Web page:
Charles Bronson's reaction to being denied release from prison emerges in bizarre footage
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Charles Bronson made a bizarre phone call after his request for parole was denied yesterday.
The infamous prisoner has spent almost 50 years behind bars, and launched a bid for freedom earlier this year with a public parole hearing. You can see his reaction to discovering he won’t be released here:
The board released its ruling following the two-day hearing, writing that Bronson lacks the 'skills to manage his risk of future violence'.
The parole board also decided that Bronson would not be moved to an open prison.
In a document detailing the decision published on Thursday (30 March), the Parole Board said: “After considering the circumstances of his offending, the progress that Mr Salvador has made while in custody and the evidence presented at the hearings, the panel was not satisfied that Mr Salvador was suitable for release.
“Nor did the panel recommend to the Secretary of State that he should be transferred to an open prison.”
It went on: "The panel noted that he is presently in a highly restricted environment and his general attitude towards compliance is yet to be tested in conditions of less security.
"Consequently, the panel did not consider the release plan to be sufficient at this stage in managing Mr Salvador safely in the community."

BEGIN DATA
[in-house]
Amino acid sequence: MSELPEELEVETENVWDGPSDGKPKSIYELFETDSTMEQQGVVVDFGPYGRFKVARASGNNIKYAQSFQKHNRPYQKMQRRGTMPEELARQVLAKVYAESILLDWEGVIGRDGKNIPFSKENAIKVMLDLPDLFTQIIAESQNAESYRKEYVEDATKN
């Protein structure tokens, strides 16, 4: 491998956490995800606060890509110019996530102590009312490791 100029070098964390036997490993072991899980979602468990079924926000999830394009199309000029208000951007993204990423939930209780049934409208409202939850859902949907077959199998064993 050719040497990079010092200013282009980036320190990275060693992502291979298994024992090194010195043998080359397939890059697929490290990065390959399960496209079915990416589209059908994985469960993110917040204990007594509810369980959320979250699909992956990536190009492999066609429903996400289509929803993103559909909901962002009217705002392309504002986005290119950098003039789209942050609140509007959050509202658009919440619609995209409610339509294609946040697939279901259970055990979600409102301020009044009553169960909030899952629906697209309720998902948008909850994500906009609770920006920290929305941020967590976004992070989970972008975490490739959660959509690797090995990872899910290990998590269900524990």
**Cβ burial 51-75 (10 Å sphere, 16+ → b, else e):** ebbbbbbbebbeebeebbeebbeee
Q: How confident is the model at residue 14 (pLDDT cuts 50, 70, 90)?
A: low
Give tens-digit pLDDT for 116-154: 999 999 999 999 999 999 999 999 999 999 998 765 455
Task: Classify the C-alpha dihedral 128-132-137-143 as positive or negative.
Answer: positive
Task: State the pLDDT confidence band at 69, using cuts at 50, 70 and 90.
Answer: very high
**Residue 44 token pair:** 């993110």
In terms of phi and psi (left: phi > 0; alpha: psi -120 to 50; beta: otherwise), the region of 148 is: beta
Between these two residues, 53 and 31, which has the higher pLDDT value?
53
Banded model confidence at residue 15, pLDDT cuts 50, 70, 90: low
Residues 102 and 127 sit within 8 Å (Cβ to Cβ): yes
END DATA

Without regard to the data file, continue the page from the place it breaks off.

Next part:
In footage shared on Facebook, author Dave Courtney can be seen holding up his phone, with Bronson on the other end.
The 70-year-old prisoner begins to belt out the 1967 Engelbert Humperdinck classic 'Please Release Me'. He briefly breaks off to chat to someone in the background then goes back to crooning the appropriately titled song.
After learning he wouldn’t be a free man anytime soon, Bronson called his mum Eira and his ex-wife Irene Dunroe.
Speaking to the Mirror, Dunroe said: "He was disappointed. He said he had to make the hardest phone call he has ever had to make to his mum saying: 'I'm not coming out mum.'
"He's so disappointed. He thought he was the nearest he's ever been to freedom.
“He kept saying, 'It's only two or three years, I can do that, I've already done nearly 50, so I can do another two and a half'.
“He was telling me: 'You don't need to cry about it. Don't cry. Don't get upset. It is what it is. It just has to happen'.
"He was courageous. He told me, 'Please don't get upset. Please don't cry'."